Monday, January 31, 2011

The Euphemist

From a misheard song lyric:

He softly spreads the niceties
The quiet lies that try to be
Inarticulate and meaning free
Lest someone somehow truth might see

But spurting blood and flames
The burning of innocent names
The bastards called heroes who came
To blot out all mem'ry of blame

The sun never sets on evil
So name it whatever you will
While with sultry voice she instills
A longing for something harmless to fill

The euphemist may call it love
The harlot may say it is just
But innocence ne'er once killed a dove
Though murderers justify their bloodlust

Tuesday, January 18, 2011

The Storyteller's Daughter

On a starry night he sat
Back against a fallen log
His hat pushed back, his pipe aglow
He spun the tales of old
A voice of gravel told the stories
Of stampedes, blizzards, gully-washers
Rock-slides, dust-storms,  russlers
 And open plains and mountaintops
While around the fire we smoked
And listened to the yarns
But I had my eyes on someone else
As she her father watched
Her warm gray eyes and nut-brown hair
Flickered in the firelight
And I, unnoticed, sat and pined for her to plight
Her troth to me and walk with me
Then ride into the distance
Tomorrow I'd ask, I'd take a chance
Her first, if she'd have me, and then her father
For the hand of the storyteller's daughter

Monday, January 17, 2011

Shot in the Dark, and You're Insane

I broke a pair of rules this weekend, and while I didn't gain anything tangible by doing so, I'm still glad I did. Speaking of poems being set to music, this one actually has a refrain!

A clumsy dancer she was, but pretty
In an unassuming way,
For unlike all the others
She was not here for show,
But to show us ourselves at play.

The documentary maker
Could have been a photography major,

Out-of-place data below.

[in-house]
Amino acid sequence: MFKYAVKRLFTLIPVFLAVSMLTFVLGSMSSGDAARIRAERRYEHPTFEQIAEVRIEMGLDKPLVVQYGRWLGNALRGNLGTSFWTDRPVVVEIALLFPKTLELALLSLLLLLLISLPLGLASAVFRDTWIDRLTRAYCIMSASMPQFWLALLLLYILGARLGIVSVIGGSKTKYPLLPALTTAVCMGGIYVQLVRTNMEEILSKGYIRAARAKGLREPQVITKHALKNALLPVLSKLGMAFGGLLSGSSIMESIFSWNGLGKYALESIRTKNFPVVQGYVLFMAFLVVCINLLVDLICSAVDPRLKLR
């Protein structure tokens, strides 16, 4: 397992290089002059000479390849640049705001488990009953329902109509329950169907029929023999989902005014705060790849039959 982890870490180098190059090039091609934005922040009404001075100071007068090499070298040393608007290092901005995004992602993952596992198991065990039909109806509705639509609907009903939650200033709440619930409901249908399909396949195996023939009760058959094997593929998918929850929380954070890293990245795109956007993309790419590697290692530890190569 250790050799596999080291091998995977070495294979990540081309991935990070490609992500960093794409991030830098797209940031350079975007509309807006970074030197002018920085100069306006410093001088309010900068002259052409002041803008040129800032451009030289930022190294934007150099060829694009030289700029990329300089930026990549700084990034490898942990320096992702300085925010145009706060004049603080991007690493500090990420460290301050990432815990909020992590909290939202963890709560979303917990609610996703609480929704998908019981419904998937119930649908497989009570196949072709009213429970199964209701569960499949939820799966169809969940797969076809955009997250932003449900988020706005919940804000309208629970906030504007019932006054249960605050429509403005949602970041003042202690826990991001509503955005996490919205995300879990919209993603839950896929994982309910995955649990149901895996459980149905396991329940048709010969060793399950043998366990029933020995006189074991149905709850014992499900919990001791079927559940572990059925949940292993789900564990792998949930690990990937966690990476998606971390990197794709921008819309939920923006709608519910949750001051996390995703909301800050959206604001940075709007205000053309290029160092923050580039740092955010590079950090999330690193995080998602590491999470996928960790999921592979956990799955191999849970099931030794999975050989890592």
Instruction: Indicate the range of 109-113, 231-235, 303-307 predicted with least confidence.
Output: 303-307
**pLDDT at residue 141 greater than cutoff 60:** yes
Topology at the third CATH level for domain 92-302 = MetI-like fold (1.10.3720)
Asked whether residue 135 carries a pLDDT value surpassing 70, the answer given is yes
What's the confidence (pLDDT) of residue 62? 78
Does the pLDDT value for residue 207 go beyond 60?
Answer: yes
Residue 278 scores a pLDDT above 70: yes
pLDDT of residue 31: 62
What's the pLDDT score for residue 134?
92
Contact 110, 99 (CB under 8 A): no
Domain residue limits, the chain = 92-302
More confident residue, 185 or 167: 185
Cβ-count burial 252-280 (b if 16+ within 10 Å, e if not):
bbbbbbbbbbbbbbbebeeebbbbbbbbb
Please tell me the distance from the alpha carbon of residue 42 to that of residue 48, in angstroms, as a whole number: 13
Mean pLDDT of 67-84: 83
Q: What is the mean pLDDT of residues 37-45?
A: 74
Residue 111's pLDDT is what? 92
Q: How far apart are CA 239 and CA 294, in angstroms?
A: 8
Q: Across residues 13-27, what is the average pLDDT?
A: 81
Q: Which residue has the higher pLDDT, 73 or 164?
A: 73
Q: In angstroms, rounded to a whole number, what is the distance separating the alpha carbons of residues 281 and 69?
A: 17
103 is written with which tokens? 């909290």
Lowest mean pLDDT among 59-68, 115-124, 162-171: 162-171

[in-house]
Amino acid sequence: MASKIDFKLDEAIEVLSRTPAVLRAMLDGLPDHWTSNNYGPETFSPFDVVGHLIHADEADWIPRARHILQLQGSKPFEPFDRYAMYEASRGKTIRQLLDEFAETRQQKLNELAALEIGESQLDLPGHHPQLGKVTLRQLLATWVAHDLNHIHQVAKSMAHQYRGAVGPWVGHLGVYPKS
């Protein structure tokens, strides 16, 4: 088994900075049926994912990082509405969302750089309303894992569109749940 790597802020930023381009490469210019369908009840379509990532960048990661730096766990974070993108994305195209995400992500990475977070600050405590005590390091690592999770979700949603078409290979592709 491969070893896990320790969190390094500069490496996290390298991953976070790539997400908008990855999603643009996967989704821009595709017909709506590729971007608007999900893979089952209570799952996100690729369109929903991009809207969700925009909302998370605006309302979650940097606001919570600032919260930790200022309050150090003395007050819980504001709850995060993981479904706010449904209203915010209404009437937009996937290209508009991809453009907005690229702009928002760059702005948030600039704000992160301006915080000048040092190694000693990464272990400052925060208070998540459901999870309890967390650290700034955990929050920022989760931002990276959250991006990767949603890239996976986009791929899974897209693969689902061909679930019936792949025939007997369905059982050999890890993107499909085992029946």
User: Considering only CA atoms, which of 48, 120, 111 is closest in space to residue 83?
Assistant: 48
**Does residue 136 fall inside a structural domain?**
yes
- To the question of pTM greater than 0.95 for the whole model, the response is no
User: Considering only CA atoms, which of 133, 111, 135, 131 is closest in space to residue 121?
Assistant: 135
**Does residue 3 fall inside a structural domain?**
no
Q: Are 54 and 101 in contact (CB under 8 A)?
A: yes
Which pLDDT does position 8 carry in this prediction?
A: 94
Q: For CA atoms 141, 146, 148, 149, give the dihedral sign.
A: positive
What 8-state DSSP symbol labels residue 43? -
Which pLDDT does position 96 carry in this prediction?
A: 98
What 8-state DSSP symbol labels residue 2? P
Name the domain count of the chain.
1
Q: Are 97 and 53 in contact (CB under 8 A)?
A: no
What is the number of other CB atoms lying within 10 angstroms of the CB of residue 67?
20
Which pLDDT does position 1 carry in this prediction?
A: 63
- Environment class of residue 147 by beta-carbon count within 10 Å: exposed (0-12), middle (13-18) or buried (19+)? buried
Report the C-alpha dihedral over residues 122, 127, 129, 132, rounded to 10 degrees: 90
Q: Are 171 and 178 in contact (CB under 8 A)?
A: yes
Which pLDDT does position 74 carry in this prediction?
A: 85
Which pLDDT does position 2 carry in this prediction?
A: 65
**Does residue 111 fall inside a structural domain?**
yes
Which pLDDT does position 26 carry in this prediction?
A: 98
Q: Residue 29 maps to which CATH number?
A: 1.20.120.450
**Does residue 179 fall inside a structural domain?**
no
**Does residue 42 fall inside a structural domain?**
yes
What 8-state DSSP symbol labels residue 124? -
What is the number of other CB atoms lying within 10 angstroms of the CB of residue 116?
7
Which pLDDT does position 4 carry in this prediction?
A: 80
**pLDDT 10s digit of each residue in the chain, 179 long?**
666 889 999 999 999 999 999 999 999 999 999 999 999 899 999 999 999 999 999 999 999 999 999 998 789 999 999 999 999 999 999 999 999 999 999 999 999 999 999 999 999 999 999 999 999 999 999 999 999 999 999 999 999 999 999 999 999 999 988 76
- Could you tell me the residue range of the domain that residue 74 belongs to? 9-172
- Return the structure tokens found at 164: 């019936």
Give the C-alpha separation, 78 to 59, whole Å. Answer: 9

But the picture behind the camera
Was finer than what the lens saw.

A clumsy asker he was, uncertain,
But resolved to take a shot.
Simply asked and simply answered
They had no game to play
Though the answer he wanted was not what he got.

The documentary maker
Could have been a photography major,
But the picture behind the camera
Was finer than what the lens saw

A pleasant evening it was, and merry,
Had the answer been different
He'd smile a little more
But for that dance with a pretty girl
He'd no regrets for an evening well spent.

Word and Question 8

 Hosted again by the lovely Enbrethiliel over at Shredded Cheddar. Go read the rest of the entries here. She wondered if I could write something that wasn't musical. Since I never thought what I wrote was musical in the first place, I don't know if it's even possible for me to oblige. It must be something about the way language works in my ear.

I can say, though, that this post is at least musically inspired. There were a couple of directions I could have gone with my prompts. I've been a little sober in my poetry, lately, and that is the easiest path to take. There was also the possibility of some political allegory, but I spout my opinions enough in other venues. Poetry should be about beauty, not politics.

At the risk of prejudicing your reading, I'll post the two songs that I've got in mind as I write this

And now, enough putzing about.

Word: heavy
Question: What are we having for dinner?

Heavy knocking on the doors
One final glance all round the house
Chairs in order, lamps all lit
Stew singing songs to the goose on the spit
And her husband has thrown out the mouse

Brush the skirt, fix the hair
Glance at the man in the old rocking chair
Beaming with pride, flushed with delight
Blush at his smile as he lights up his pipe
And open the door to the guests in the night